Unsung Heroes: Hiba Al Hejazi

Posted by on Dec 3, 2013 in Blog, Unsung Heroes

Unsung Heroes: Hiba Al Hejazi

Organiser of Oman Desert Expeditions


As a half Saudi, half Jordanian Londoner, Hiba Al Hejazi is living proof that different cultures can live in harmony together. She is a strong advocate for connecting cultures. She runs ‘Oman Desert Expeditions‘, which takes internationally-diverse groups of individuals, divided by gender, on trips into the desert in order to help them further cultural dialogue between their different communities.

“In the desert we work to break down stereotypes and misconceptions we have about each other. It is incredible how quickly this can happen when you are away from the technological distractions and hectic environment of the modern-day world”, she explains. “I have personally seen girls from different parts of the world connect instantly through simple human interaction even though none of the girls had visited each others´ countries before. In the space of a week we were able to build very close friendships that have lasted to this day. The trip helped me realize that even people with mixed heritage like me can be unwittingly privy to holding prejudices or stereotypes about other parts of the world.”

The organization, headed by Mark Evans and supported by UNESCO, actively works to embrace people from different corners of the world. The participants´ backgrounds range from Western and Eastern Europe to the Middle and Far East. This experience moved Hiba to voluntarily promote the organization´s work through her journalist and blogging activities, as well as share her experiences and lessons of her time in the dessert here in the Wild 10 Congress.

“The lack of diversion or entertainment allows you to really sit down and get to know people. There is not much else to do. It gives you the chance to ask about the misconceptions we have about different cultures. Through this you are able to learn that we have far more things in common than we do differences.”

Did the wilderness play a role in this process? “The wilderness humbles you. It reminds you that to the animal kingdom, earth and universe that surrounds us, we are all the same species. Human. Regardless of our different ethnicities, religions, nationalities, race, colors and creeds, we have a common need to survive. The trials and tribulations involved in this expedition helped us work through our differences and reminded us of our basic similarities. By going through this together, we were able to build shared experiences which helped us bond.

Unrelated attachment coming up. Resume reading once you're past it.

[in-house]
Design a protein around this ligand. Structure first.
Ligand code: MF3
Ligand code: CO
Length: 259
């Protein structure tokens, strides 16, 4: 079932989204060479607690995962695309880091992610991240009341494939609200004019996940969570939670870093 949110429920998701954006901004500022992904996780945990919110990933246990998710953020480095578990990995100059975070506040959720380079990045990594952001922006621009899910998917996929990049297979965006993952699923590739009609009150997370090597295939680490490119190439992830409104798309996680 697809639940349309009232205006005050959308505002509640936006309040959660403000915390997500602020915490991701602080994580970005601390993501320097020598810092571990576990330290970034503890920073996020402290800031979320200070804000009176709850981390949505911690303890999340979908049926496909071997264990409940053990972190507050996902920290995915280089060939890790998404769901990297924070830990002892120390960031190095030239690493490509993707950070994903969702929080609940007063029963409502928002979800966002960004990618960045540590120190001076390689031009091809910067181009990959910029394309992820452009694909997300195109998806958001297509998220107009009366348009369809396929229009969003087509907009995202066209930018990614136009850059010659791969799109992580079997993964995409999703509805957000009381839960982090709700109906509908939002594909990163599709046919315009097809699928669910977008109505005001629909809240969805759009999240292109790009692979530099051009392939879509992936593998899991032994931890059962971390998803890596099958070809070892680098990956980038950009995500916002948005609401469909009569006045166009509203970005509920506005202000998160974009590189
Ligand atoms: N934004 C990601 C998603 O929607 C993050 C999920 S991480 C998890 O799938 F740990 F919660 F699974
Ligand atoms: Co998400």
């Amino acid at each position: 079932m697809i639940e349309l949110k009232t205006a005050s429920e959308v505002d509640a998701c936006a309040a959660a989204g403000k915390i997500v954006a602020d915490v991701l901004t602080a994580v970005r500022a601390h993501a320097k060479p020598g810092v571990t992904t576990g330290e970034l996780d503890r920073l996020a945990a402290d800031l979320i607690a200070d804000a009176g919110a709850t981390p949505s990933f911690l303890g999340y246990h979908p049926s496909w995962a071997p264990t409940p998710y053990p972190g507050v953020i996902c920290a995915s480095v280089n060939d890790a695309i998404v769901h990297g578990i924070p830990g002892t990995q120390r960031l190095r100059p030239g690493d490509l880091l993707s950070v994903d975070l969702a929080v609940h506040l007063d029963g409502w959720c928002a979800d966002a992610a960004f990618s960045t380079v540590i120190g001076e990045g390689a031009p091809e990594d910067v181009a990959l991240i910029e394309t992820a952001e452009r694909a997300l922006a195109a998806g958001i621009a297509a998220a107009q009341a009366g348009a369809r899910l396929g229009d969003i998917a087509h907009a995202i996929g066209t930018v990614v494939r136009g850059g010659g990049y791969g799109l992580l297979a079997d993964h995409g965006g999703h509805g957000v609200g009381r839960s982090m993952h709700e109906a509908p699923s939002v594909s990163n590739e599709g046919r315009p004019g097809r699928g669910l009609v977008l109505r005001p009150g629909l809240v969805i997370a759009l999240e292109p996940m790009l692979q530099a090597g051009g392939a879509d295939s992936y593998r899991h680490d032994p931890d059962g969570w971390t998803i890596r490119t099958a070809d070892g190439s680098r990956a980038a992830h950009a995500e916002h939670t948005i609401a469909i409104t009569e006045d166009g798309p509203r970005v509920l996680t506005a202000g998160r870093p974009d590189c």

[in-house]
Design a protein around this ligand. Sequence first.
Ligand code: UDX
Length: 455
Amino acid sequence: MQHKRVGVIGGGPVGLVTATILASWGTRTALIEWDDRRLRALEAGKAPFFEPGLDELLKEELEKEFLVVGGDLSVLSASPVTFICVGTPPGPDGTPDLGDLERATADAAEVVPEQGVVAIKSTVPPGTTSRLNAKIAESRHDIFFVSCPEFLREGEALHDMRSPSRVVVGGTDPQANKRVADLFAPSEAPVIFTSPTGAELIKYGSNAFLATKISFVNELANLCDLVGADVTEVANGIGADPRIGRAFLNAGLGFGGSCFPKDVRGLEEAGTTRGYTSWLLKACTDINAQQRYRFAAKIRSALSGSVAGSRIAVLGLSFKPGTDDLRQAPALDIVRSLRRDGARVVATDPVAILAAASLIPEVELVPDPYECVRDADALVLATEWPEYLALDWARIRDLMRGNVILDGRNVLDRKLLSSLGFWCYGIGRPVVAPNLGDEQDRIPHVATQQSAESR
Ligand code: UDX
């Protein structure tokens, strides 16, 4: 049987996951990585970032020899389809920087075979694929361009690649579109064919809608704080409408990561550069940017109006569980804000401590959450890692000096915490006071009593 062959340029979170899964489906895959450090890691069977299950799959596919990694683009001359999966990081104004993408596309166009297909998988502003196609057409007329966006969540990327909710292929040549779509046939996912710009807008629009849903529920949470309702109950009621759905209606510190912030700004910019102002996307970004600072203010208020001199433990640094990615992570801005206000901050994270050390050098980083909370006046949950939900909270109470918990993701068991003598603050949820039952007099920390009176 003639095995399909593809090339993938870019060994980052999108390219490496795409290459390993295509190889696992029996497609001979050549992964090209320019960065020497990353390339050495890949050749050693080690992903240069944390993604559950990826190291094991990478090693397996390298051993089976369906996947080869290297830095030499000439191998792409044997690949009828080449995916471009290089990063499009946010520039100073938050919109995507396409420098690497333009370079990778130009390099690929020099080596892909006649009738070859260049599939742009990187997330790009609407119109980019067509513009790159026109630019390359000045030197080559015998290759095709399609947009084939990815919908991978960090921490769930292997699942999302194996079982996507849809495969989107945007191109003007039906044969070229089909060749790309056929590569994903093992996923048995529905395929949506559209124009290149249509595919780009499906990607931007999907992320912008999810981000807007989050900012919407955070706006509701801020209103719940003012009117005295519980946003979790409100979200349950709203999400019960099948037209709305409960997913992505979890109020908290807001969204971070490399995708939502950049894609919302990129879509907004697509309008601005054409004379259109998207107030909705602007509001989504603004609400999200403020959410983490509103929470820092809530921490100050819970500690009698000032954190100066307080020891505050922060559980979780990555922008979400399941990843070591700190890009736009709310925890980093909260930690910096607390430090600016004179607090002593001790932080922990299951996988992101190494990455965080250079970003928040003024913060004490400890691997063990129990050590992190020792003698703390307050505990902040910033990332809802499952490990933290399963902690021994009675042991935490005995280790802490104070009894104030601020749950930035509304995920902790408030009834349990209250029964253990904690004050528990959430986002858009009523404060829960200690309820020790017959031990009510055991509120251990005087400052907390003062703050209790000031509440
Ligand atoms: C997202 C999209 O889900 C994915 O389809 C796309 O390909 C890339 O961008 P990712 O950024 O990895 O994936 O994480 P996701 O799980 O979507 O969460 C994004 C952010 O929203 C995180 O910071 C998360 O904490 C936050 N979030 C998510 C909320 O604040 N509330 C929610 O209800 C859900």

By the end of the expedition we were all in agreement that sharing this common experience of the wilderness helped us create a safe and open atmosphere which benefitted and furthered our discussions. These conditions could not have been easily replicated if we had met in location such as a meeting hall around a table.”

“My message to WILD10 is that the wilderness can teach us a lot about ourselves. In the wilderness, we are stripped down to our core being as humans and it is therefore a lot easier to build bridges as the walls we build around us in our modern-day lives dissolve. It´s something maybe the UN should take note of. If representatives of Iran and the US were around a campfire instead of in the splendors of the UN they could see each other as fellow humans rather than opposing enemies. It may not solve the problem, but it would certainly help”.


This interview was conducted by Gilles Havik – Gilles, who is from the Netherlands, graduated in Biology & Forest and Nature Conservation and is currently working for the municipality of Amsterdam on various conservation projects. He writes a blog called Sailing On Dreams.

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